Lucia Prieto is a FEBS postdoctoral fellow at CIG in Lausanne University. Her current research focuses on the genetic basis of olfactory pathway evolution in Drosophila. She will soon move to London, UK to start her group at the Francis Crick Institute. She obtained her B.A. from the Universidad Autonoma de Madrid, where she did her research thesis on olfactory processing in flies. After a summer working on vision evolution in box jellyfish at Lund University, she joined the University of Cambridge for her PhD. She co-founded TReND in Africa, an organisation supporting sustainable development through higher education and scientific innovation.
Thursday 28th September: Code and tools
6.10pm « A computable scholarly record » by Victoria Stodden
The use of data and computationally-enabled methods are now pervasive across the scholarly research enterprise. In this talk I will outline the nature of these changes and how they are affecting scholarly dissemination. I will discuss tools, policy, and other solutions that are moving the community toward a vision (or visions) of a computable scholarly record.
Victoria Stodden is an associate professor at the Graduate School of Library and Information Science, University of Illinois at Urbana-Champaign, USA and an affiliate scholar with Stanford Law School’s Center for Internet and Society. She was previously an assistant professor of Statistics at Columbia University. She completed her PhD in statistics and her law degree at Stanford University. Her research is focused on reproducibility issues in computational science, including developing standards of openness for data and code sharing, and resolving legal and policy barriers. She co-founded RunMyCode.org, an open platform for disseminating the code and data associated with published results.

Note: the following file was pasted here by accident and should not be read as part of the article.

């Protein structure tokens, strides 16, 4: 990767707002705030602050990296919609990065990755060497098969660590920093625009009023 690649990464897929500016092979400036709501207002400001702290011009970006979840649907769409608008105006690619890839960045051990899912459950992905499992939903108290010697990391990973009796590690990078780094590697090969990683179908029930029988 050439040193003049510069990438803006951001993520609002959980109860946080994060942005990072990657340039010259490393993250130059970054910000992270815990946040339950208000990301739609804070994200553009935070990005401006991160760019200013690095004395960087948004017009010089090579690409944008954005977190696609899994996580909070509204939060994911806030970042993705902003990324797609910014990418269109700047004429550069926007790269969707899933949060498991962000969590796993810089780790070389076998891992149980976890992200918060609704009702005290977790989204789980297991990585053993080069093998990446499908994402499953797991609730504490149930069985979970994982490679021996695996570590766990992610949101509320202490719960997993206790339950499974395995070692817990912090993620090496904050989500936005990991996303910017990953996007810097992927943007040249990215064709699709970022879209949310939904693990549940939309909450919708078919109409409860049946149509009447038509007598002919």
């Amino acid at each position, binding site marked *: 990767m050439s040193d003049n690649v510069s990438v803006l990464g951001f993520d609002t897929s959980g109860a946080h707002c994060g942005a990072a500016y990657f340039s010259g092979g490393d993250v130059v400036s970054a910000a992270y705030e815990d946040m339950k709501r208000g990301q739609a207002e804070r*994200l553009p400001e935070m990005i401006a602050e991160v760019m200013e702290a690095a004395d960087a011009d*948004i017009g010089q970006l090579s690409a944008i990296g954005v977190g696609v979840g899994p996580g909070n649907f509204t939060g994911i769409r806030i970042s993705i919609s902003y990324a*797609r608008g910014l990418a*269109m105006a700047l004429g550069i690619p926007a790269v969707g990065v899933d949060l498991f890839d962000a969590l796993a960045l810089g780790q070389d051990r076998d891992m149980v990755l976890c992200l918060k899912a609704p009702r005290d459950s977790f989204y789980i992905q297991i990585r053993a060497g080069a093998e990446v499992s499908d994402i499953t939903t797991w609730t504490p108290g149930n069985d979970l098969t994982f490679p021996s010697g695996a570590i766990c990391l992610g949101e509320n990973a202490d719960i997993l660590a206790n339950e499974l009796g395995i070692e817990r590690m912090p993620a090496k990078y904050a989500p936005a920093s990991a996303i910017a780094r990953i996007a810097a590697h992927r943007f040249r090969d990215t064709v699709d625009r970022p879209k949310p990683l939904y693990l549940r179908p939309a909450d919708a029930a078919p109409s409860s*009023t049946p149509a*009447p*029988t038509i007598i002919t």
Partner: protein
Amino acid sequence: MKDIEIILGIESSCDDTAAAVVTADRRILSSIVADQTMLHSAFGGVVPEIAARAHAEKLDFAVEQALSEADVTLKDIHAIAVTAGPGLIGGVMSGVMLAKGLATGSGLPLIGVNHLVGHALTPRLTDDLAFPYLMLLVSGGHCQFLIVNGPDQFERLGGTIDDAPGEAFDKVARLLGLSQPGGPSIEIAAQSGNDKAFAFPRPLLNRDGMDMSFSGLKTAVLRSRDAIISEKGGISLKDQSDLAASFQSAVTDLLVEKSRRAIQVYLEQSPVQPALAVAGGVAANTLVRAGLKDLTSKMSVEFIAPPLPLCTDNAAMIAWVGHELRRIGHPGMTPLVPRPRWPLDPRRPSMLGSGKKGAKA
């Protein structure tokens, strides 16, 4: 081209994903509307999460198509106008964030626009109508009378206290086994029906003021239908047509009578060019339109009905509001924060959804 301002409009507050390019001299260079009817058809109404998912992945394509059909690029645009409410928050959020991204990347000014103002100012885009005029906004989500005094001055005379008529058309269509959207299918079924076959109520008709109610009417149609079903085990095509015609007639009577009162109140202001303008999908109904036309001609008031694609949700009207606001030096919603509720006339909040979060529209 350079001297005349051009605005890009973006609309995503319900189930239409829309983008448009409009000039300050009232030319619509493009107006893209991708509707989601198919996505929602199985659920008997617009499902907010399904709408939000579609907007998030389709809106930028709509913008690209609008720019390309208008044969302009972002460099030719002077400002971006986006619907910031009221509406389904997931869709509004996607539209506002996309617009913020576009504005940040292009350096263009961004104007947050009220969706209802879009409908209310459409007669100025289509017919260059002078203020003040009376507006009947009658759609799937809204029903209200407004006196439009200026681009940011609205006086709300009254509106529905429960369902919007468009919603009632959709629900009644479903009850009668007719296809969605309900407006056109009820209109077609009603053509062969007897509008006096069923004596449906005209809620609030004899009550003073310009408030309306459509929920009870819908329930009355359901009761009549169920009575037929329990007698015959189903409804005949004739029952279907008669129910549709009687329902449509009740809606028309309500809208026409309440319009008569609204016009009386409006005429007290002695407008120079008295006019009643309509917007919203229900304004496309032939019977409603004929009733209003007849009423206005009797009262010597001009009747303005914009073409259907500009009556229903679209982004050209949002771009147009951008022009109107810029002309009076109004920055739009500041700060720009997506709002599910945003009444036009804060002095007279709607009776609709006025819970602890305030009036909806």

6.30pm « Open Science: what can we expect from the lawyers? » by Michel Jaccard
This presentation will discuss the alleged positive impact of increased intellectual property protection and increase in innovation, and present the legal challenges and opportunities raised by creative commons, open access initiatives, and open source software licensing.